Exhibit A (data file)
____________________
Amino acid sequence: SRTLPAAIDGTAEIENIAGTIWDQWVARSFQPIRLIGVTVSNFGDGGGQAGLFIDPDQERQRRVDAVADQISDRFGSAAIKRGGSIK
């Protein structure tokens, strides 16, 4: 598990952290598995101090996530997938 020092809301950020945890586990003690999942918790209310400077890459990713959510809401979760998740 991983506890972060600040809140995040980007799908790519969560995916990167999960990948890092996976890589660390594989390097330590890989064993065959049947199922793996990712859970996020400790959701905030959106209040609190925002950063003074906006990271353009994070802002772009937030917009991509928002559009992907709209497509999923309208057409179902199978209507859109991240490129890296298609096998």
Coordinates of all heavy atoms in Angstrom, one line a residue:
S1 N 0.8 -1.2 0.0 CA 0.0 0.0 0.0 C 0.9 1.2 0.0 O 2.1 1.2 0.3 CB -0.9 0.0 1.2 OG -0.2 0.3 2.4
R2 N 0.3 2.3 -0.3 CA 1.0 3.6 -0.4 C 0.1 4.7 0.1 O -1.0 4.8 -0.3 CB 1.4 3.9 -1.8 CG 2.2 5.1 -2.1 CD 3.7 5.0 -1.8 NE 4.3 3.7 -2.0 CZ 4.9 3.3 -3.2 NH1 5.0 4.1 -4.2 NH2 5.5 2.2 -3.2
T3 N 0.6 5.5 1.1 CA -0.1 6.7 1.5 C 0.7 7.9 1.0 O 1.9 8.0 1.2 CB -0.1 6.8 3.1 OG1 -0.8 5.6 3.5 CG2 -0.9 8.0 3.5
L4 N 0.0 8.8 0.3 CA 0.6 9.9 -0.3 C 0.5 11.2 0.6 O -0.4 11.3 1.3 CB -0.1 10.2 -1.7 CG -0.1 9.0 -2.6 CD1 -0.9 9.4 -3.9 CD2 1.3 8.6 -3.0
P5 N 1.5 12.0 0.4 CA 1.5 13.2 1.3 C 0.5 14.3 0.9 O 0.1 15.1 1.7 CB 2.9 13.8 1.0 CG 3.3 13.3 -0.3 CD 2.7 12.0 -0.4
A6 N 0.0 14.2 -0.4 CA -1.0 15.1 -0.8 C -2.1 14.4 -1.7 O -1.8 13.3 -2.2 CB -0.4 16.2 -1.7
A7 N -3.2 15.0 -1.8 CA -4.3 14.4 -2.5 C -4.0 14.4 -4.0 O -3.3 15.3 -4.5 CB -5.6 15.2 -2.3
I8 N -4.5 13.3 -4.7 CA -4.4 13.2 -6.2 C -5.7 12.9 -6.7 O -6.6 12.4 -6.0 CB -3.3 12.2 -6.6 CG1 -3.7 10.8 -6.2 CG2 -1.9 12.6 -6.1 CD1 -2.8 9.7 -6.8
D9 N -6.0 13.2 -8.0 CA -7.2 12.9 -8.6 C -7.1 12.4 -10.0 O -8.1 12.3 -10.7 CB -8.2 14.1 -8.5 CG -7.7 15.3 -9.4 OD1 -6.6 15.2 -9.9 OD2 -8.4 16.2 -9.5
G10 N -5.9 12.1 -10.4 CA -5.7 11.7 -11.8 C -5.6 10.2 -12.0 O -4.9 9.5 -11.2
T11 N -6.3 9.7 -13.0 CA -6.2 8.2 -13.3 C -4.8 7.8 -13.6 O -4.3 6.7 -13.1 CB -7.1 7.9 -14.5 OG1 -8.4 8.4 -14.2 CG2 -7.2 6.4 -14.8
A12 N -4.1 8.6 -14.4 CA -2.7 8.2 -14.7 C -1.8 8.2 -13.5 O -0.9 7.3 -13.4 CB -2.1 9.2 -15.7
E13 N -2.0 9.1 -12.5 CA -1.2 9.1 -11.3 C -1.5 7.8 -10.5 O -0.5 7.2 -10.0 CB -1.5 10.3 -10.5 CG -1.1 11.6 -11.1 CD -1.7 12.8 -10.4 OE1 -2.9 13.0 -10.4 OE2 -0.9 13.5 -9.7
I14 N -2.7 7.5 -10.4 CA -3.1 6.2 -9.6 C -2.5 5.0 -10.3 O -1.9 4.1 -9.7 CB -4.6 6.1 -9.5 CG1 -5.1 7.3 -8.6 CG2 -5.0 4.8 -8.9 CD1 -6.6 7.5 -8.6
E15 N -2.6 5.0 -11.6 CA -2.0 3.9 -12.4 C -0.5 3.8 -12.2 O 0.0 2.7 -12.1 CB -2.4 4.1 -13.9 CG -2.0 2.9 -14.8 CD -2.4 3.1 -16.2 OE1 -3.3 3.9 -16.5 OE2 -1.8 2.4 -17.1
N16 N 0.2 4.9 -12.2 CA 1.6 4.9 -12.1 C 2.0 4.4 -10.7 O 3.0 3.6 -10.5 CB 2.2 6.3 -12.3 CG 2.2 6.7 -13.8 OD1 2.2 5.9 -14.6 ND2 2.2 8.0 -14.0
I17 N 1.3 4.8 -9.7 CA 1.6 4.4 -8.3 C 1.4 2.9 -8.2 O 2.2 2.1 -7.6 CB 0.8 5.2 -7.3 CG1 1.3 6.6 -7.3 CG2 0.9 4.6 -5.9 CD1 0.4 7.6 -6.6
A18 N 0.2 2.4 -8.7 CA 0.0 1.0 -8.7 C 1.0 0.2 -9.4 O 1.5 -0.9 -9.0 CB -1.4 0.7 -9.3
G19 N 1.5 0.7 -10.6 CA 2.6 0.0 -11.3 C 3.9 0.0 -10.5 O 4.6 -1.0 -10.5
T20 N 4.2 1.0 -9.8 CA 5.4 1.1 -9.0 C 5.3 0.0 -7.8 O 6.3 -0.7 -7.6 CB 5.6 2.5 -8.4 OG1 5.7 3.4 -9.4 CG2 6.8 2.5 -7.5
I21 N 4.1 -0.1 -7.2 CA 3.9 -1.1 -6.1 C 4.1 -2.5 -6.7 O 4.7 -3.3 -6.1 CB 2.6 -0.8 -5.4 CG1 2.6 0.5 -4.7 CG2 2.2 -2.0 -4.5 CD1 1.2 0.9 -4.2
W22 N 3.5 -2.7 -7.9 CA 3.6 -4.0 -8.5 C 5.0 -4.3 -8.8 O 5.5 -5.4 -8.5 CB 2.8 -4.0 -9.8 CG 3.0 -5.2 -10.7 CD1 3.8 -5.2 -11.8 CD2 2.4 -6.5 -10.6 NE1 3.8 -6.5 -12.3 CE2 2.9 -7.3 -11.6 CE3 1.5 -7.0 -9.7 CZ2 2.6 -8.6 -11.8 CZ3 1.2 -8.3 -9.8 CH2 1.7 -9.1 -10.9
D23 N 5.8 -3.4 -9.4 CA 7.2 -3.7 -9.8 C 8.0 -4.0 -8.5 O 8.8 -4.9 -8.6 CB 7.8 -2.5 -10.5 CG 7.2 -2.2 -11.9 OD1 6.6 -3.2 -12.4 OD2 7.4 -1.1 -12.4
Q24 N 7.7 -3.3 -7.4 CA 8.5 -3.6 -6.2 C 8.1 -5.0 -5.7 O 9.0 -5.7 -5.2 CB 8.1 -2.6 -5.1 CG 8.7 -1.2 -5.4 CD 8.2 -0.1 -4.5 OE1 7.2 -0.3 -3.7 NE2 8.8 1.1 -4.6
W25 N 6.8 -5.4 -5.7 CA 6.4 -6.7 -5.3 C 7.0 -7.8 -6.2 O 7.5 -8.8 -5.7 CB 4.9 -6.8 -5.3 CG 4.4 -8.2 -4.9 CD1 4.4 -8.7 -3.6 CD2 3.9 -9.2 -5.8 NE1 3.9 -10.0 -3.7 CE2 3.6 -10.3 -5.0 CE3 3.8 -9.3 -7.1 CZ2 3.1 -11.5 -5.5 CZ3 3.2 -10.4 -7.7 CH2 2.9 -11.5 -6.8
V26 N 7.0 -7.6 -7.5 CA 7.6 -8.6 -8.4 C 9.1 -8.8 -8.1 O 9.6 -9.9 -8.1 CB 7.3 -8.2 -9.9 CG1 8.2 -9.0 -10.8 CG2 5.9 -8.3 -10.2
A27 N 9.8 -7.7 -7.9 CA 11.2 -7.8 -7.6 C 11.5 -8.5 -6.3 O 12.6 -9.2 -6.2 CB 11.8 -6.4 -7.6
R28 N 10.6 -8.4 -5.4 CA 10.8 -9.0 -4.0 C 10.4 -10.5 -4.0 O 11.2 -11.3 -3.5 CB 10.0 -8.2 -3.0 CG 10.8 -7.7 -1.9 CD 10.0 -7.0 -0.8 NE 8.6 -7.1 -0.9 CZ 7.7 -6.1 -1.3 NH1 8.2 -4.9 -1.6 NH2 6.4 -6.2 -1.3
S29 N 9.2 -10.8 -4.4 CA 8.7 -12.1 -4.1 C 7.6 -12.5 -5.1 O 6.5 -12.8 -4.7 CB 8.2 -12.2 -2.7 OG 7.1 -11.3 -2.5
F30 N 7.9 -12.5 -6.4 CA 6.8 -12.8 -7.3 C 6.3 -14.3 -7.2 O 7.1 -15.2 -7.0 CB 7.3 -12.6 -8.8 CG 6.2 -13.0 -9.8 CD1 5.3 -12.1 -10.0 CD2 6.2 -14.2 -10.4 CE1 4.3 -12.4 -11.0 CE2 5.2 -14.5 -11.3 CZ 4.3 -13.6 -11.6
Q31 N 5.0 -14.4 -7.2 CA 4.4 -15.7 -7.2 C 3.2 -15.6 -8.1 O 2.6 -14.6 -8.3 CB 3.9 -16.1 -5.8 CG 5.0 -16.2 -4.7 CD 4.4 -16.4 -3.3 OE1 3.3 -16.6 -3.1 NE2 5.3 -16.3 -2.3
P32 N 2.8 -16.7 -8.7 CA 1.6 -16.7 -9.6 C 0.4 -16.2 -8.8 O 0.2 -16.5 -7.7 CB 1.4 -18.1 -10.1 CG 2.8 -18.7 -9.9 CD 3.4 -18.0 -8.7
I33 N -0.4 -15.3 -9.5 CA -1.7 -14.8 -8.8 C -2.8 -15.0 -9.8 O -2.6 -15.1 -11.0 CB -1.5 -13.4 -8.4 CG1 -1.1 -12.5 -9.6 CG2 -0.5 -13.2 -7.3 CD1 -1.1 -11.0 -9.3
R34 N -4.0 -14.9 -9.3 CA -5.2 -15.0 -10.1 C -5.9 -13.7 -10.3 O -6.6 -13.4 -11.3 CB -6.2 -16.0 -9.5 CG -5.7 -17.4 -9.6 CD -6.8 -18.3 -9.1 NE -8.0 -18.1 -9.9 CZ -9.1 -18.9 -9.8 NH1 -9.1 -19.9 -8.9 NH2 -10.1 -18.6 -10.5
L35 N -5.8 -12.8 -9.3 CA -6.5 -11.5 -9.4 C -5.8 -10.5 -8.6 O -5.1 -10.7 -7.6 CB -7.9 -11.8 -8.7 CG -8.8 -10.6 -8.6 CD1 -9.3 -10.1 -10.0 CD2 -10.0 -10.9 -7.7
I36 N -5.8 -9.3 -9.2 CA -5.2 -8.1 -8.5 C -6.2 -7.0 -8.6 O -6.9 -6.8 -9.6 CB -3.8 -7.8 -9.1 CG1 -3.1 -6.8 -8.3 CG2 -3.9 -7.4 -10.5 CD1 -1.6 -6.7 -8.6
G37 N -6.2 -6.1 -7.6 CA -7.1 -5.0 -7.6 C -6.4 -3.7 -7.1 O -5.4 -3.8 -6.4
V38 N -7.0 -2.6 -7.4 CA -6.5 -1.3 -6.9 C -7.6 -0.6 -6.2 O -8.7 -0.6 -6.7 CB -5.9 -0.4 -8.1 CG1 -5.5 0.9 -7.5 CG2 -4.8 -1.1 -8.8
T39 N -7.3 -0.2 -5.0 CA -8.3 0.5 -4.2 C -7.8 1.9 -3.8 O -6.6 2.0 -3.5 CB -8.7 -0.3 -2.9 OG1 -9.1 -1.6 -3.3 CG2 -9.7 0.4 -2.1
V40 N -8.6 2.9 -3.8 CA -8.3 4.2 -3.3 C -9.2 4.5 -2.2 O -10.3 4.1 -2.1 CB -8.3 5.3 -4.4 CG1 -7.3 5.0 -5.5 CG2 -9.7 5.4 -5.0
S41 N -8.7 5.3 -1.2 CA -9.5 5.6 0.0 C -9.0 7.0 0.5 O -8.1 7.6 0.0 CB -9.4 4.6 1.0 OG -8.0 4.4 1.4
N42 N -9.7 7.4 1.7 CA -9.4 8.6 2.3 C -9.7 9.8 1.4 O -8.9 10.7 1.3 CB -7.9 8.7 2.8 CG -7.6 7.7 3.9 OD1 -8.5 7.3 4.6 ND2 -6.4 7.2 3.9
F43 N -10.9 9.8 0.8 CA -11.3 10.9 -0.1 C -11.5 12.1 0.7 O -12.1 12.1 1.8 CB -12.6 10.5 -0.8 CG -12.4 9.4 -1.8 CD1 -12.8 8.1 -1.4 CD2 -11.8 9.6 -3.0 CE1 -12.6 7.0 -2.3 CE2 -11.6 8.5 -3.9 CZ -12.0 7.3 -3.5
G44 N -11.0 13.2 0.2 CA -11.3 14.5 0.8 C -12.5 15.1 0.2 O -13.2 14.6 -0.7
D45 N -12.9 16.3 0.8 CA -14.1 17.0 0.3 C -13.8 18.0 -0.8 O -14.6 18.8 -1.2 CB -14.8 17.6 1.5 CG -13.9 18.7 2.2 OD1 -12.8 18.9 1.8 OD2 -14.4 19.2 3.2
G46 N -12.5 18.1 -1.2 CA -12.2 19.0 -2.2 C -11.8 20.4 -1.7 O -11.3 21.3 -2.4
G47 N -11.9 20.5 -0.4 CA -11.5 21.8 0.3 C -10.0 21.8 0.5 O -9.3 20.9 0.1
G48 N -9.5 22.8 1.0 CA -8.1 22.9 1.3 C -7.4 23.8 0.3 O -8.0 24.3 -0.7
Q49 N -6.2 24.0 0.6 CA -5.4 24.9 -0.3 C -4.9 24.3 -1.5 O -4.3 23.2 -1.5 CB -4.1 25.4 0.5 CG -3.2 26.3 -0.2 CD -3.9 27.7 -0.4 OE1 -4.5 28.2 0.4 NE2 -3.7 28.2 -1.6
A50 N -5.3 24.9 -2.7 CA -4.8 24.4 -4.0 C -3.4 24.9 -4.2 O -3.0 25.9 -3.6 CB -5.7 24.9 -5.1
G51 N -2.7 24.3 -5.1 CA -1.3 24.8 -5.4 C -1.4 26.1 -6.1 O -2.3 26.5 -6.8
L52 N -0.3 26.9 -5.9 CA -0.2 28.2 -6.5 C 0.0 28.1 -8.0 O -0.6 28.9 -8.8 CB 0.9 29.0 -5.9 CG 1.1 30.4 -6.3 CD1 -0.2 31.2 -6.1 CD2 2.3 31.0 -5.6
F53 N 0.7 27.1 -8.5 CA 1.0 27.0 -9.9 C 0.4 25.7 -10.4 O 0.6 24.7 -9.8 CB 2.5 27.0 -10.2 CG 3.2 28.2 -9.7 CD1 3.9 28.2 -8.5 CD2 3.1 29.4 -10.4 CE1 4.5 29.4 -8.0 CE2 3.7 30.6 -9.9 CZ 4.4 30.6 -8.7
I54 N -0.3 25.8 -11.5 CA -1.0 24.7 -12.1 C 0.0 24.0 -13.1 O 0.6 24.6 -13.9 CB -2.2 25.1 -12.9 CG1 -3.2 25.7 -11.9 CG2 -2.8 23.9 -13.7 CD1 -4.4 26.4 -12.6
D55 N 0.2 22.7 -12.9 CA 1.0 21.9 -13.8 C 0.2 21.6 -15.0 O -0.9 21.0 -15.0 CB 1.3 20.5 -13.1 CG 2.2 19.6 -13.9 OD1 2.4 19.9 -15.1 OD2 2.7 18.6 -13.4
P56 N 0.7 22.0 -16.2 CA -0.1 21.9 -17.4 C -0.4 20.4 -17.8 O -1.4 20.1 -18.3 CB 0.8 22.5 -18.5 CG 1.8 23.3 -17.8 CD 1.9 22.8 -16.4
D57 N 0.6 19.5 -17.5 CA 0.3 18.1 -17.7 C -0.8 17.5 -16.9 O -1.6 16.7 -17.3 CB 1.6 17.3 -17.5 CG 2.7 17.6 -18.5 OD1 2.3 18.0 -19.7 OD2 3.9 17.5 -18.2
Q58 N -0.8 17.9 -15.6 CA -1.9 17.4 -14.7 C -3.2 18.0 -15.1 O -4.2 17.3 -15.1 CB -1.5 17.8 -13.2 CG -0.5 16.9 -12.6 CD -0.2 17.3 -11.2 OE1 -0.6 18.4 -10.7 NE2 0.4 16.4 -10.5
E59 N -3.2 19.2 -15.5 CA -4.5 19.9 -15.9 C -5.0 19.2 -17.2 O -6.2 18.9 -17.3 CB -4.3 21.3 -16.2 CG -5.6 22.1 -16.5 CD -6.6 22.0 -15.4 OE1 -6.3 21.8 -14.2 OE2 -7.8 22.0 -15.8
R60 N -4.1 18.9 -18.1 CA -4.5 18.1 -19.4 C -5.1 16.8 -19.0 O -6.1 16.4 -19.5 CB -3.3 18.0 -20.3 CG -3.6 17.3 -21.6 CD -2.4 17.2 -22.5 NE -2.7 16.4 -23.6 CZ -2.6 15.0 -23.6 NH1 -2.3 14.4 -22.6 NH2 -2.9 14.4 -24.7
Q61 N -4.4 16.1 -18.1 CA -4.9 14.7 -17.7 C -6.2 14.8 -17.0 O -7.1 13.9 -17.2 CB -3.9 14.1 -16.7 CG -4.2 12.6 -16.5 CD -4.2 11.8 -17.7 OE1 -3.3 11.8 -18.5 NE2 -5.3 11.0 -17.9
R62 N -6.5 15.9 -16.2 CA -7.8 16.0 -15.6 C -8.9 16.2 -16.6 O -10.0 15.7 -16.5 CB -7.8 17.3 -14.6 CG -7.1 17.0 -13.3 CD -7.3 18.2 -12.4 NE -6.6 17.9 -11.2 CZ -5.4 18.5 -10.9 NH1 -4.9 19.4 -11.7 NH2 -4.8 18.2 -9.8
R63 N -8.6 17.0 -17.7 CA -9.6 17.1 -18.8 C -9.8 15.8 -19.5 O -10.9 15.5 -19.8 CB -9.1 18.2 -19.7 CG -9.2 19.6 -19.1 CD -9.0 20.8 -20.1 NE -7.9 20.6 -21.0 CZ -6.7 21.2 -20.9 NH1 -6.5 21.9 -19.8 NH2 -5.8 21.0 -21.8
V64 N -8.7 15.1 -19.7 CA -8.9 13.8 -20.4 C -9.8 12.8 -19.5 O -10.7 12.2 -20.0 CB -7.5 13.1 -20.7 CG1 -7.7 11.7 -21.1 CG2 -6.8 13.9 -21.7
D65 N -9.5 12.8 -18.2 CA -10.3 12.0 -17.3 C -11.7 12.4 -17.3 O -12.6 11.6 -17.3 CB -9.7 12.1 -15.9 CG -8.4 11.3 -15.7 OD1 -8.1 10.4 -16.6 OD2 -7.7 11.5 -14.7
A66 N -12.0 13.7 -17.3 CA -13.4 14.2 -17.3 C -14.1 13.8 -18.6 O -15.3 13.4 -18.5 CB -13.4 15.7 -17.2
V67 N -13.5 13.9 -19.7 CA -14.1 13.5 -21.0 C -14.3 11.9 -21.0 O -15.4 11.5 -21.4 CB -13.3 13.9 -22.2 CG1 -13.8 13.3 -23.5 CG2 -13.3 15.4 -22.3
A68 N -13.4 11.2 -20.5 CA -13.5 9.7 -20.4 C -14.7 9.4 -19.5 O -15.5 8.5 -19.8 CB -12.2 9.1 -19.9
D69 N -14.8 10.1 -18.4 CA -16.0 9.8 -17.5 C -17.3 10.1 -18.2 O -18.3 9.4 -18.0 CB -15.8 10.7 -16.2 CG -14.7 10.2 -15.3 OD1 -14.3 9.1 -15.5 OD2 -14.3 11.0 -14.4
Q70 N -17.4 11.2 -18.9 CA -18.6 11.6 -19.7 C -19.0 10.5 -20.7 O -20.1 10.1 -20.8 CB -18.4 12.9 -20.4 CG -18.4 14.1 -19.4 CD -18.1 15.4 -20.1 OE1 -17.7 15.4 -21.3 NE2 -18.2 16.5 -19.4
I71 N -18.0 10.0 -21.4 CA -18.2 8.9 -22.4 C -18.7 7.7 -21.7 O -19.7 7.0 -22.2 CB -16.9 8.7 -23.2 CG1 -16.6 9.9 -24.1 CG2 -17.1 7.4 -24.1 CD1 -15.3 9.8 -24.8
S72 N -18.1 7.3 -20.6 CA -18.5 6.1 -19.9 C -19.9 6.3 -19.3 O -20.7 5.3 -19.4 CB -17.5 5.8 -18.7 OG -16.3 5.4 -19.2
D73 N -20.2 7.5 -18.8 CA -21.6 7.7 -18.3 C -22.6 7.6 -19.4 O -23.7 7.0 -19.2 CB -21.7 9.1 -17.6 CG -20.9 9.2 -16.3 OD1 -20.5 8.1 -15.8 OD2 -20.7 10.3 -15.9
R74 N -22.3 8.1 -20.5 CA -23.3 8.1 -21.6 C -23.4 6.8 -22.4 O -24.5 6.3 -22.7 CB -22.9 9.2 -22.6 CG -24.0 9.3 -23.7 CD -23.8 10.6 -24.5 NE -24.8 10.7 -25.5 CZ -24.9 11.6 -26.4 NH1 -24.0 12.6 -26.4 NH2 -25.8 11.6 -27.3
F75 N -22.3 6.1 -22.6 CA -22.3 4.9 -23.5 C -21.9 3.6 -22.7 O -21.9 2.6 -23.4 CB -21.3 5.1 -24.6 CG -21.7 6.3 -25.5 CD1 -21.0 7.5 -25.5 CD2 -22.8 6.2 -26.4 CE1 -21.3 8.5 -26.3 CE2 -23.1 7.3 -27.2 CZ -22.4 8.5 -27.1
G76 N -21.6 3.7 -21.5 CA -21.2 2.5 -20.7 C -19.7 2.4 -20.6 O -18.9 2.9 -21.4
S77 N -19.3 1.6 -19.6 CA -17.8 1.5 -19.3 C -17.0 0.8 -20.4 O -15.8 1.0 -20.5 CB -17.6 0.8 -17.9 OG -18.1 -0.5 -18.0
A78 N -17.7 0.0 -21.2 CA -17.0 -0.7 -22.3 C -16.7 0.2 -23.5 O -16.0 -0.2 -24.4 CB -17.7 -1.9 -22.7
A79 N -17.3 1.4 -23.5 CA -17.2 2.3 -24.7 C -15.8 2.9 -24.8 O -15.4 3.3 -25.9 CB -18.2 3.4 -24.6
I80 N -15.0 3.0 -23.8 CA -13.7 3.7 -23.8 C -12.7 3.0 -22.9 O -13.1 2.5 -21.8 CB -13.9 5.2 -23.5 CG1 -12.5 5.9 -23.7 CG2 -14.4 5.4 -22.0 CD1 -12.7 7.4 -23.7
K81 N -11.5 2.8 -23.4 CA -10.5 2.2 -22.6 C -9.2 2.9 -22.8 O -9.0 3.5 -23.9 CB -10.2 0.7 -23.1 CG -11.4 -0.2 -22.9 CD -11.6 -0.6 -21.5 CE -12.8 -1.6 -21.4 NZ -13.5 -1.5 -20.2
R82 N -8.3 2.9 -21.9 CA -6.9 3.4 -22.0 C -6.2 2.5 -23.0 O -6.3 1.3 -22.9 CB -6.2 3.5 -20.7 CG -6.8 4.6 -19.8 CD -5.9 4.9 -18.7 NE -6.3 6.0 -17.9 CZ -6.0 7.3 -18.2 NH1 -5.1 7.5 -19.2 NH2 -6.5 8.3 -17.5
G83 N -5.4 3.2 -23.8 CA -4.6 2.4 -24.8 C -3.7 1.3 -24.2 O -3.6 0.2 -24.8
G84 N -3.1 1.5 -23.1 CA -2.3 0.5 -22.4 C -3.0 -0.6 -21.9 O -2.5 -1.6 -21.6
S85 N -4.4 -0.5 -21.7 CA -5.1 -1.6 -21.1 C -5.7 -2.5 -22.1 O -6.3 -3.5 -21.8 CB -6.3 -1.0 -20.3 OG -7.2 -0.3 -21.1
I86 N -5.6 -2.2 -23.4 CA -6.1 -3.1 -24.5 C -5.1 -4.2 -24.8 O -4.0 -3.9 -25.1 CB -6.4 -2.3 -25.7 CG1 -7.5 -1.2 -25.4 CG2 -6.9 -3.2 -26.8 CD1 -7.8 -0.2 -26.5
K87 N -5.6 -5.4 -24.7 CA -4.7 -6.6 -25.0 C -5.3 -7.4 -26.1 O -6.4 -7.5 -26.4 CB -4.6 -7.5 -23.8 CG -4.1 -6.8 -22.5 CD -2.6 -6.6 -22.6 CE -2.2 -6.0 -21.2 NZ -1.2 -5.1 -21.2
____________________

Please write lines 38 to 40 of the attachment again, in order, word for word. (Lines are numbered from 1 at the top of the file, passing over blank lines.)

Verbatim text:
L35 N -5.8 -12.8 -9.3 CA -6.5 -11.5 -9.4 C -5.8 -10.5 -8.6 O -5.1 -10.7 -7.6 CB -7.9 -11.8 -8.7 CG -8.8 -10.6 -8.6 CD1 -9.3 -10.1 -10.0 CD2 -10.0 -10.9 -7.7
I36 N -5.8 -9.3 -9.2 CA -5.2 -8.1 -8.5 C -6.2 -7.0 -8.6 O -6.9 -6.8 -9.6 CB -3.8 -7.8 -9.1 CG1 -3.1 -6.8 -8.3 CG2 -3.9 -7.4 -10.5 CD1 -1.6 -6.7 -8.6
G37 N -6.2 -6.1 -7.6 CA -7.1 -5.0 -7.6 C -6.4 -3.7 -7.1 O -5.4 -3.8 -6.4